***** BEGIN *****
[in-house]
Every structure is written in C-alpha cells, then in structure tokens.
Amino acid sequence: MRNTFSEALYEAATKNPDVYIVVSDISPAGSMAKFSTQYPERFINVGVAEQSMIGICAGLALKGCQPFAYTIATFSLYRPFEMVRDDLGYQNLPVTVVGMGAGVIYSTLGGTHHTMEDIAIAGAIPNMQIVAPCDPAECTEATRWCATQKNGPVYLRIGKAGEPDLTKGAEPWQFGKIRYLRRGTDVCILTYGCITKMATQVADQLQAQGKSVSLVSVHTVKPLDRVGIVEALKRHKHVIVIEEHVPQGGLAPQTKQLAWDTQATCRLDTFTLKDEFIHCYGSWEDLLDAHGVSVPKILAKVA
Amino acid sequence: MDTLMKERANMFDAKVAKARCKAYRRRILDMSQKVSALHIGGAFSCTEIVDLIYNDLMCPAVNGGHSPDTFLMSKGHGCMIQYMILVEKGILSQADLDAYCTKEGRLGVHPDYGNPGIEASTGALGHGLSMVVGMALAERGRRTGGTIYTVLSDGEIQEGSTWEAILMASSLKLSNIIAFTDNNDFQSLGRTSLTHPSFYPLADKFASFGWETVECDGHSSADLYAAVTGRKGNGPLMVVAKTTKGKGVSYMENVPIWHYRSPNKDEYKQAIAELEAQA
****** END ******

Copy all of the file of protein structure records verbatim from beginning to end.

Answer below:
[in-house]
Every structure is written in C-alpha cells, then in structure tokens.
Amino acid sequence: MRNTFSEALYEAATKNPDVYIVVSDISPAGSMAKFSTQYPERFINVGVAEQSMIGICAGLALKGCQPFAYTIATFSLYRPFEMVRDDLGYQNLPVTVVGMGAGVIYSTLGGTHHTMEDIAIAGAIPNMQIVAPCDPAECTEATRWCATQKNGPVYLRIGKAGEPDLTKGAEPWQFGKIRYLRRGTDVCILTYGCITKMATQVADQLQAQGKSVSLVSVHTVKPLDRVGIVEALKRHKHVIVIEEHVPQGGLAPQTKQLAWDTQATCRLDTFTLKDEFIHCYGSWEDLLDAHGVSVPKILAKVA
Amino acid sequence: MDTLMKERANMFDAKVAKARCKAYRRRILDMSQKVSALHIGGAFSCTEIVDLIYNDLMCPAVNGGHSPDTFLMSKGHGCMIQYMILVEKGILSQADLDAYCTKEGRLGVHPDYGNPGIEASTGALGHGLSMVVGMALAERGRRTGGTIYTVLSDGEIQEGSTWEAILMASSLKLSNIIAFTDNNDFQSLGRTSLTHPSFYPLADKFASFGWETVECDGHSSADLYAAVTGRKGNGPLMVVAKTTKGKGVSYMENVPIWHYRSPNKDEYKQAIAELEAQA